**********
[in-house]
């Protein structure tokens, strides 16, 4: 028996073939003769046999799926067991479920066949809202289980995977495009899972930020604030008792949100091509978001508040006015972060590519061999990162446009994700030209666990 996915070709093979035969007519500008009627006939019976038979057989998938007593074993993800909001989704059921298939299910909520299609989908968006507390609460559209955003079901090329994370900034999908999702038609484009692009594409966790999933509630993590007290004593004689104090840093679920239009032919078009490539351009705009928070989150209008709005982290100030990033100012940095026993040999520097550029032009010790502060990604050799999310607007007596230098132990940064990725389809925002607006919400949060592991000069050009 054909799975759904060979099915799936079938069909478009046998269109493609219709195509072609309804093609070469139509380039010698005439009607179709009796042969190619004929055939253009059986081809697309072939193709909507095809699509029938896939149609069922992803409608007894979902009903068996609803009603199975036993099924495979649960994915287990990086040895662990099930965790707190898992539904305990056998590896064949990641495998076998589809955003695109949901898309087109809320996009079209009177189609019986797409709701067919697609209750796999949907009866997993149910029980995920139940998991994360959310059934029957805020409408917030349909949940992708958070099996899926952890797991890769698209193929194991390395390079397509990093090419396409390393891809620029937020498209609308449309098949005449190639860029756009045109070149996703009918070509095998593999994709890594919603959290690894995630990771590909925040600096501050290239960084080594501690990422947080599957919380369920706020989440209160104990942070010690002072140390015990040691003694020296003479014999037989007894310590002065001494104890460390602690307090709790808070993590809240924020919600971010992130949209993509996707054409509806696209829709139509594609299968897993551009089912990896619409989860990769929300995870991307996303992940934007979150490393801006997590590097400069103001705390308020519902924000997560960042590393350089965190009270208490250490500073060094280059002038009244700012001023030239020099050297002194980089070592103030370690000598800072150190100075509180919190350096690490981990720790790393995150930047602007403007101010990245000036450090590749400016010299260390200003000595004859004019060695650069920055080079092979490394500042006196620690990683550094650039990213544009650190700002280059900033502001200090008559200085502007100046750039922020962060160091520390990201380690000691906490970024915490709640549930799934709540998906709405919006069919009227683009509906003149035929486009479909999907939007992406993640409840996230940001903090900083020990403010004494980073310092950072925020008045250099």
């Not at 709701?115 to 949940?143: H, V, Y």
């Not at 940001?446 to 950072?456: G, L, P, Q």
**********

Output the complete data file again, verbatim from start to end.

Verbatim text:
[in-house]
């Protein structure tokens, strides 16, 4: 028996073939003769046999799926067991479920066949809202289980995977495009899972930020604030008792949100091509978001508040006015972060590519061999990162446009994700030209666990 996915070709093979035969007519500008009627006939019976038979057989998938007593074993993800909001989704059921298939299910909520299609989908968006507390609460559209955003079901090329994370900034999908999702038609484009692009594409966790999933509630993590007290004593004689104090840093679920239009032919078009490539351009705009928070989150209008709005982290100030990033100012940095026993040999520097550029032009010790502060990604050799999310607007007596230098132990940064990725389809925002607006919400949060592991000069050009 054909799975759904060979099915799936079938069909478009046998269109493609219709195509072609309804093609070469139509380039010698005439009607179709009796042969190619004929055939253009059986081809697309072939193709909507095809699509029938896939149609069922992803409608007894979902009903068996609803009603199975036993099924495979649960994915287990990086040895662990099930965790707190898992539904305990056998590896064949990641495998076998589809955003695109949901898309087109809320996009079209009177189609019986797409709701067919697609209750796999949907009866997993149910029980995920139940998991994360959310059934029957805020409408917030349909949940992708958070099996899926952890797991890769698209193929194991390395390079397509990093090419396409390393891809620029937020498209609308449309098949005449190639860029756009045109070149996703009918070509095998593999994709890594919603959290690894995630990771590909925040600096501050290239960084080594501690990422947080599957919380369920706020989440209160104990942070010690002072140390015990040691003694020296003479014999037989007894310590002065001494104890460390602690307090709790808070993590809240924020919600971010992130949209993509996707054409509806696209829709139509594609299968897993551009089912990896619409989860990769929300995870991307996303992940934007979150490393801006997590590097400069103001705390308020519902924000997560960042590393350089965190009270208490250490500073060094280059002038009244700012001023030239020099050297002194980089070592103030370690000598800072150190100075509180919190350096690490981990720790790393995150930047602007403007101010990245000036450090590749400016010299260390200003000595004859004019060695650069920055080079092979490394500042006196620690990683550094650039990213544009650190700002280059900033502001200090008559200085502007100046750039922020962060160091520390990201380690000691906490970024915490709640549930799934709540998906709405919006069919009227683009509906003149035929486009479909999907939007992406993640409840996230940001903090900083020990403010004494980073310092950072925020008045250099």
């Not at 709701?115 to 949940?143: H, V, Y």
């Not at 940001?446 to 950072?456: G, L, P, Q």